Kitchener-Waterloo-Cambridge is the 10th most populated metropolitan area in Canada. It is a tri-city located in the Regional Municipality of Waterloo. In 2016, Kitchener-Waterloo-Cambridge area was rated as the ebay area to find a full-time job. 

Population and Demographics

Based on the 2016 census, Kitchener-Waterloo-Cambridge metropolitan area has a population of 523,894, which grew 5.5% from its population in the 2011 census. It has a population density of 480.1 per square kilometre. 

Majority of the population are working age at 67.9% or 355,650 between the ages of 15 to 64 years. This is followed by 17.6% or 92,390 between the ages of 0 to 14 years, and 14.5% or 75,860 over the age of 65 years. The average age of the population is 39.2 with a median age of 38.6.

The most common type of dwelling is a single-detached house with 110,670 of the population living in this type of dwelling, and the least common is movable dwelling with only 200 of the population inhabiting a movable dwelling. The average household size in Kitchener-Waterloo-Cambridge is 2.6.

Majority of the population are married or living common law with 251,105o over the age of 15 belonging in this category. There are 180,400 in the population who are not or never married. There are 123,105 couple families, and 23,820 lone-parent families, majority of which are females. There are 18,995 lone-female parents, and 4,825 lone-male parents. 

Here are the top ethnic origins in Kitchener-Waterloo-Cambridge by country of birth.

  1. Canada – 385,710
  2. America – 19,775
  3. Europe – 52,970
  4. Africa – 8,020
  5. Asia – 49,155
  6. Oceania – 455

Here is the breakdown of mother tongue use in Kitchener-Waterloo-Cambridge.

  1. English – 387,205
  2. French – 5,995
  3. Aboriginal language – 35
  4. Other language – 120,615
  5. Multiple languages – 10,040

Immigrant Population

There are 118,610 immigrants in Kitchener-Waterloo-Cambridge based on the 2016 census. The most number of immigrants come from the UK. Here are the top five immigrant populations in Kitchener-Waterloo-Cambridge based on country of birth.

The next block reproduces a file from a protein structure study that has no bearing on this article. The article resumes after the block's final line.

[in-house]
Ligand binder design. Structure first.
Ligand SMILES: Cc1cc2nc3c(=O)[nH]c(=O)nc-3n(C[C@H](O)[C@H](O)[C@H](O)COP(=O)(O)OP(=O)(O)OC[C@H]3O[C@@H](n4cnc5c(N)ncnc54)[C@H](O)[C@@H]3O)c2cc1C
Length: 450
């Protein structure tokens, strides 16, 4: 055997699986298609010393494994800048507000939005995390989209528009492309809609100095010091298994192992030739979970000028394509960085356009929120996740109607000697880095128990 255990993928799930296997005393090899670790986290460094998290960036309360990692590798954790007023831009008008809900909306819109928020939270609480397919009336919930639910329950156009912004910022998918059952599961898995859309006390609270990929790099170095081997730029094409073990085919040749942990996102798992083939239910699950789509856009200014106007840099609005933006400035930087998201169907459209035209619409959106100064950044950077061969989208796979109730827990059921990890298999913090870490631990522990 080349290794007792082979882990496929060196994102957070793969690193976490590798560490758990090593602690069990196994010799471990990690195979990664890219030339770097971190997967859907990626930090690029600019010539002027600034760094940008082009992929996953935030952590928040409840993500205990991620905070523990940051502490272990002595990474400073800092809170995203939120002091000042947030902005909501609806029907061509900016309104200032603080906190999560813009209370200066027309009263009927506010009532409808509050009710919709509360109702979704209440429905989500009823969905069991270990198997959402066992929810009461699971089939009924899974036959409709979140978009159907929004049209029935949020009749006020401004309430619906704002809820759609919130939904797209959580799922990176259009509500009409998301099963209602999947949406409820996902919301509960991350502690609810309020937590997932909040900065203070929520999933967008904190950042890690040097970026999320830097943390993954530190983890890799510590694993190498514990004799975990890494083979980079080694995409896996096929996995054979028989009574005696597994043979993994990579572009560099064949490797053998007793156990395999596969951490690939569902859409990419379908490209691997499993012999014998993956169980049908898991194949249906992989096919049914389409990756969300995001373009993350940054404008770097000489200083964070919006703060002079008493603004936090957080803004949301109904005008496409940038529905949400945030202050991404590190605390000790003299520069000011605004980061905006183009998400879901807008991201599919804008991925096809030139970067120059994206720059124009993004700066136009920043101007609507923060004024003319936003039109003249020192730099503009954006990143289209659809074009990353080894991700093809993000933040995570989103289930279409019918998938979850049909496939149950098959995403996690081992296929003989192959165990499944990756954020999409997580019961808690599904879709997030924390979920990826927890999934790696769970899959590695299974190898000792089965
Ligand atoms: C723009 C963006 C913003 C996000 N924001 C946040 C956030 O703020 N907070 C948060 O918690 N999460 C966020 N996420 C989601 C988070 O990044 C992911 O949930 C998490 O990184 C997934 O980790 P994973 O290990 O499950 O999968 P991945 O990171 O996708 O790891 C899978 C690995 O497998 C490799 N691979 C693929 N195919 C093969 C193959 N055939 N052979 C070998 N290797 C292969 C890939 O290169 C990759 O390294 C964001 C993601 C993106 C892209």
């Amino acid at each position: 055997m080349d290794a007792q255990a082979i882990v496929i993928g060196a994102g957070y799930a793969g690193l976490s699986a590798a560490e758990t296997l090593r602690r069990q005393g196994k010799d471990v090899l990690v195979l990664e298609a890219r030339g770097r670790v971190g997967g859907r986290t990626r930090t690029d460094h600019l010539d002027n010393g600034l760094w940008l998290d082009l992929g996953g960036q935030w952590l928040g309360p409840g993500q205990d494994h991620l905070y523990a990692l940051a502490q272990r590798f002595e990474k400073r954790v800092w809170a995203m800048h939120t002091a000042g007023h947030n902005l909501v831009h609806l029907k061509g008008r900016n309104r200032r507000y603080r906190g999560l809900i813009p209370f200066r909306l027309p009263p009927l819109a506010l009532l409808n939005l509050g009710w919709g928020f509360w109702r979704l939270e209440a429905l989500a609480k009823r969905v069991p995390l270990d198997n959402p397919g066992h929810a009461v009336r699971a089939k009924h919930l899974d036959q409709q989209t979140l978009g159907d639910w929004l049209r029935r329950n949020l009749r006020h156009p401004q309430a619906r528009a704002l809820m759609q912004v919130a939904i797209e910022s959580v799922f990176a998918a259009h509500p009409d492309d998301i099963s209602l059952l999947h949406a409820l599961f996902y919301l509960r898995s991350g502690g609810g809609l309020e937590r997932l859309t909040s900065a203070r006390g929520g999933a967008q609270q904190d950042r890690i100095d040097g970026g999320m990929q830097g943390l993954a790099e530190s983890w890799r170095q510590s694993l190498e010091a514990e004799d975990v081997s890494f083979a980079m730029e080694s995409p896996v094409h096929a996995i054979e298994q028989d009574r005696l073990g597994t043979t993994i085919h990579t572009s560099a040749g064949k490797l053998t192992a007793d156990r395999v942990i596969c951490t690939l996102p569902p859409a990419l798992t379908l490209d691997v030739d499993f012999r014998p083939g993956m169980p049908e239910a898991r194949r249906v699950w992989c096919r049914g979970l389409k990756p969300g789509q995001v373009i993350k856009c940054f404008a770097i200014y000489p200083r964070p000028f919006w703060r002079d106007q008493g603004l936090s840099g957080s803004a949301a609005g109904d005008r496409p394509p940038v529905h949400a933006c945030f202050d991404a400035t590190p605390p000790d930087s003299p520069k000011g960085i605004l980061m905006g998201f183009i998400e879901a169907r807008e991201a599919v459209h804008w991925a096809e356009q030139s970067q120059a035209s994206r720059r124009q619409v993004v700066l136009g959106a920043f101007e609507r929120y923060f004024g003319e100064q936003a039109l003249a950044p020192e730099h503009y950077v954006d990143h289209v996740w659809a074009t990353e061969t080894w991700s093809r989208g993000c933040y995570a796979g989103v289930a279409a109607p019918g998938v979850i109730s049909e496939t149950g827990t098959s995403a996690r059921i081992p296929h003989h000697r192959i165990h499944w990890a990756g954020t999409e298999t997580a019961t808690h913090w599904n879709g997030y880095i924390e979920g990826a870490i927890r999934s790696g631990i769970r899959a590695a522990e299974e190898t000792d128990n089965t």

1. United Kingdom – 11,245
  2. India – 8,575
  3. Portugal – 7,160
  4. China – 6,380
  5. Romania – 5,105

Recent immigrants that came from 2011 to 2016 show the most number of immigrants coming from these top five countries. 

  1. India – 1,835
  2. China – 1,395
  3. Syria – 1,055
  4. Iraq – 850
  5. Pakistan – 625

Spanish is the most common language used by the immigrants in Kitchener-Waterloo-Cambridge. Here are the top three most used languages by the overall immigrant population. 

  1. Spanish – 4,980
  2. Mandarin – 4,660
  3. Arabic – 4,605

Recent immigrants from 2011 to 2016 still show the same languages but in different order.

  1. Arabic – 2,060
  2. Mandarin – 1,160
  3. Spanish – 720

Brief History

The Regional Municipality of Waterloo was formed in 1973 when the twin cities of Kitchener-Waterloo combined with several communities including the city of Cambridge, making the region a tri-city.

Mississauga owned the land area in the Grand River Valley before 1784, which was then purchased by the British in 1798 and gifted to its Six Nations allies. Parts of the land were sold and Pennsylvania Mennonites purchased land in 1803 that became Waterloo Township in 1816. The population increased with immigration as a result of the economy’s growth. 

Today the Regional Municipality of Waterloo still bears witness to its history with its diverse and vibrant cities and attractions. 

Top 3 Things To Do

There are plenty of things you can do in the tri-city of Kitchener-Waterloo-Cambridge. Here are top three things you can do with a site included in each city based on crowd favorites in TripAdvisor.

  1. Huron Natural Area